Now I AM going to talk about 30 Rock. The quintessential Pete Hornberger moment for me, as a viewer, was Pete, alone, without his phone, with his arm stuck in a vending machine. Was it a warning about Candy Machines or just great physical comedy?
It was a warning about desire. Our desire causes our pain in life. It is the quintessential Pete moment because he eventually dials the phone with his shoe but ends up dialing his own office.
So, you are also a nerd. The only time I ever met you was at a comic book convention in Charlotte. My teenage daughter walked up to you, and you were so gracious to her. Since that time, she has pursued comedy. You are kind of a role model for her. What type of advice would you give to the young comics and performers trying to get out there today?
Trust your talents, don’t let anyone tell you aren’t good enough. Be someone other people will want to work with. Don’t be the jerk in the room. Do it for fun at first and if you end up loving it, then you gotta be willing to starve for it. And if you are willing to starve for it, you are on the right path. Because there are no guarantees. And improv is not a money maker.
Unless you own a theater. Then you can make money. That’s my advice to your daughter, buy a theater.
Staying on the nerd question, what is the relationship between Scott Adsit the performer and Scott Adsit Agent of Shield and now Nova Corps member?
The Deadpool comic book was relaunched. Gary Duggen and Brian Posehn started writing the book, and the artist Tony Moore drew me into the issue drew me in as a nameless shield agent. He picked me as his model. I met him once, I think. He was drawing from memory. Then they finished the book and realized “Hey, that’s Scott Adsit!” Gary called me up and asked if I would sign a release. That happened.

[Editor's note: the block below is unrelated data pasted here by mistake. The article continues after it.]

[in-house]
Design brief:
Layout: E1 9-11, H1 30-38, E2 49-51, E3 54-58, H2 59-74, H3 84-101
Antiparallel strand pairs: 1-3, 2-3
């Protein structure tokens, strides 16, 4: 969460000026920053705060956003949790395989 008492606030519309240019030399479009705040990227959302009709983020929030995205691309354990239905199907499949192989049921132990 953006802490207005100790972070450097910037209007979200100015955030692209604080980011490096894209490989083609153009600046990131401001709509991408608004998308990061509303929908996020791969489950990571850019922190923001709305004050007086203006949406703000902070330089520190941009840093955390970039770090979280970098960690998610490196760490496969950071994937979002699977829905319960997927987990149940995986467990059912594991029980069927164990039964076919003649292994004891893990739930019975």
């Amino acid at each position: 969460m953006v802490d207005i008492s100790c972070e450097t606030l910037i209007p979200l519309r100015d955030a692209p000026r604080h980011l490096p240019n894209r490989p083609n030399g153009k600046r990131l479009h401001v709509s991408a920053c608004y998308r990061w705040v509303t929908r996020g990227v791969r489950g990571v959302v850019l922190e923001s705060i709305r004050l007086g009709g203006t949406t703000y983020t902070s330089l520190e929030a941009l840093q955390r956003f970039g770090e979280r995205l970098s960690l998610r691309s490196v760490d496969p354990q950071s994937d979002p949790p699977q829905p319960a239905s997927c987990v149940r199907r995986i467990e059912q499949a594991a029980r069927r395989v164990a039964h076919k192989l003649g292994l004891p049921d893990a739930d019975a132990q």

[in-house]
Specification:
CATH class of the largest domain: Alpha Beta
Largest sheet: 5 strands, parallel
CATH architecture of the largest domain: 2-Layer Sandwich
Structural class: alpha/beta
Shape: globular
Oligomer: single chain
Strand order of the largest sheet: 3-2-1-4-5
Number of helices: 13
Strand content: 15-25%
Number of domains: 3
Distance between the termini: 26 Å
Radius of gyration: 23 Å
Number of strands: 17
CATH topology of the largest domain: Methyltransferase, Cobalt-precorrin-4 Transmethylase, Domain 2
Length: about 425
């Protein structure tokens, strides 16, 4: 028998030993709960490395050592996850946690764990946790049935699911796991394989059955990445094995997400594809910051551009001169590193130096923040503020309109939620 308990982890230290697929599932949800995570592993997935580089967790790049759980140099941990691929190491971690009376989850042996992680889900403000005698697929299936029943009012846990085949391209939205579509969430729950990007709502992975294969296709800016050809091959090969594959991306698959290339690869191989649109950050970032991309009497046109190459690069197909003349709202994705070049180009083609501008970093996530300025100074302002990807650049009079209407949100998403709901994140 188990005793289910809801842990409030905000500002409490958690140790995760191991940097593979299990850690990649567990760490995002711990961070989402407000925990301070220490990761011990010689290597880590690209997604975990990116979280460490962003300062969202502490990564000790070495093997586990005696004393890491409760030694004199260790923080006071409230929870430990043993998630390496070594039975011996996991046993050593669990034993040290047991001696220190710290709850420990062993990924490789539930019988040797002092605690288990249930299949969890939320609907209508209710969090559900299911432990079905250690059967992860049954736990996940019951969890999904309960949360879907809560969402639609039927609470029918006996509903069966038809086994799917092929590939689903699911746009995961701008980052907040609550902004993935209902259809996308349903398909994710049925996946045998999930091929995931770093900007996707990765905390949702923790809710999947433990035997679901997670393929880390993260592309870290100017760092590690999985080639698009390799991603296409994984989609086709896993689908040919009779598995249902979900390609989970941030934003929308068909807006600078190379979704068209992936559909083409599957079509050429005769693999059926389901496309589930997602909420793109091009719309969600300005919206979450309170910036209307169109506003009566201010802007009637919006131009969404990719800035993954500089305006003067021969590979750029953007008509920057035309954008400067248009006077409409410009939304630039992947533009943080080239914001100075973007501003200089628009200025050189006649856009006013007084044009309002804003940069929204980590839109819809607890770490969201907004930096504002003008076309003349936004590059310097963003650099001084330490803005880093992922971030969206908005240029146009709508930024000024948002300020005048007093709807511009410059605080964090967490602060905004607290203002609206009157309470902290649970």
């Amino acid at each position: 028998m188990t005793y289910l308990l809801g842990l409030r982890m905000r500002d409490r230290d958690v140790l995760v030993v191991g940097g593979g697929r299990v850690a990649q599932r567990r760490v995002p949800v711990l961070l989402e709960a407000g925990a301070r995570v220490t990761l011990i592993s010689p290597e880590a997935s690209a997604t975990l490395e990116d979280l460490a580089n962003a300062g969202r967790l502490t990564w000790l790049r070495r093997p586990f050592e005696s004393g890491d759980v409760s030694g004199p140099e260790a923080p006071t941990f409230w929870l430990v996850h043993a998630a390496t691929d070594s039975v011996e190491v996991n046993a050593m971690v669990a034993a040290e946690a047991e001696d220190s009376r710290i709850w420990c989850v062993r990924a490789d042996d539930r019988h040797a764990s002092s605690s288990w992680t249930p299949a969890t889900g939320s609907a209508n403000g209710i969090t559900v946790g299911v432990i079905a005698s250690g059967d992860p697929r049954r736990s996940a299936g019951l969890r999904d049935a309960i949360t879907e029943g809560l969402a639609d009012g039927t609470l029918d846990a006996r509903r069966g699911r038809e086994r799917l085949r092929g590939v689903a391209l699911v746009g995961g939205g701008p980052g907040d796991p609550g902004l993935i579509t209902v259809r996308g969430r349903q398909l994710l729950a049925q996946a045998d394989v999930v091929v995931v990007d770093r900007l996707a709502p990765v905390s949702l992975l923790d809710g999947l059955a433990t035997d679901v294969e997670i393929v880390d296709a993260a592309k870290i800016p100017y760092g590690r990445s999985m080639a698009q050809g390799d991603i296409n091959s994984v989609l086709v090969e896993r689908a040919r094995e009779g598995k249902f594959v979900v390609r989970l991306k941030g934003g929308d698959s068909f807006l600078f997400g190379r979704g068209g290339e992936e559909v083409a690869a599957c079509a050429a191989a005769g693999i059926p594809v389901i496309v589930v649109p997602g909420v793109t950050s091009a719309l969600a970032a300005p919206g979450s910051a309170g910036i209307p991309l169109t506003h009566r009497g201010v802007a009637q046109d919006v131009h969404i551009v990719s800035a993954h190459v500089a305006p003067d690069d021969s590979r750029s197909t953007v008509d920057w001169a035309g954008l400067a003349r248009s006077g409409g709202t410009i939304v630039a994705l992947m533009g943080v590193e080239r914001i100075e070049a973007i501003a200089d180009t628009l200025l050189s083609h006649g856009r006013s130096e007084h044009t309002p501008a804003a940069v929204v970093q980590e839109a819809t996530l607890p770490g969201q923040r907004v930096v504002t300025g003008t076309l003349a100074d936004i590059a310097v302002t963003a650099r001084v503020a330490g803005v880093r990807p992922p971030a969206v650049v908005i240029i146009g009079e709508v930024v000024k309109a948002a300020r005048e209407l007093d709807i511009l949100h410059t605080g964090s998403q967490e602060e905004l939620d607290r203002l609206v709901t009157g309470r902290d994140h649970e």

Then they started calling the nameless agent “Agent Adsit,” then, “Agent Scott Adsit.” In the official Marvel Universe, I exist as a person. The shield agent is annoyed by his charge, Deadpool. Eventually there was a cross over event in the Marvel Universe where they started killing people off. Gary Duggen decided to throw Adsit into space so he wouldn’t be killed off. Now Agent Adsit is in the Nova Corps, which has been seen in the MCU, so people might know what that is. And, he’s a commander.
I am out in space fighting along side Rocket Raccoon and other people in huge space battles and I am in charge! So, if multiple realities exist, then it is true I exist in the Marvel Universe.
Is there a Funko Pop of you?
I do not think there is, but we did have some Moral Orel toys. There were not many, but even Dino and I don’t have any.
Last question: If you had a superpower, what you would use it for?
Well, for good! It depends on what it is. If it were flight, I would avoid traffic, but mostly I would make the world a little better.
My choice of superpower would be the best superpower: speed. I was on a podcast with Hal Loveland and Mark Gagliardi. They debate trivial things such as which is the best jelly and they had a debate of best superpower and I won the argument with speed. Anything (an evil doer) would want to do would be stopped by going faster than them. I can’t imagine writing the Flash comic book because he can do anything before anyone knew it happened. That’s my superpower.
Adsit and the crew at Dad’s Garage promise two exciting evenings of live, improvised comedy. Get your tickets quickly to See Scott Adsit at Dad’s Garage August 9/10.
Dad’s Garage Theater Company
569 Ezzard St SE
Call (404) 523-3141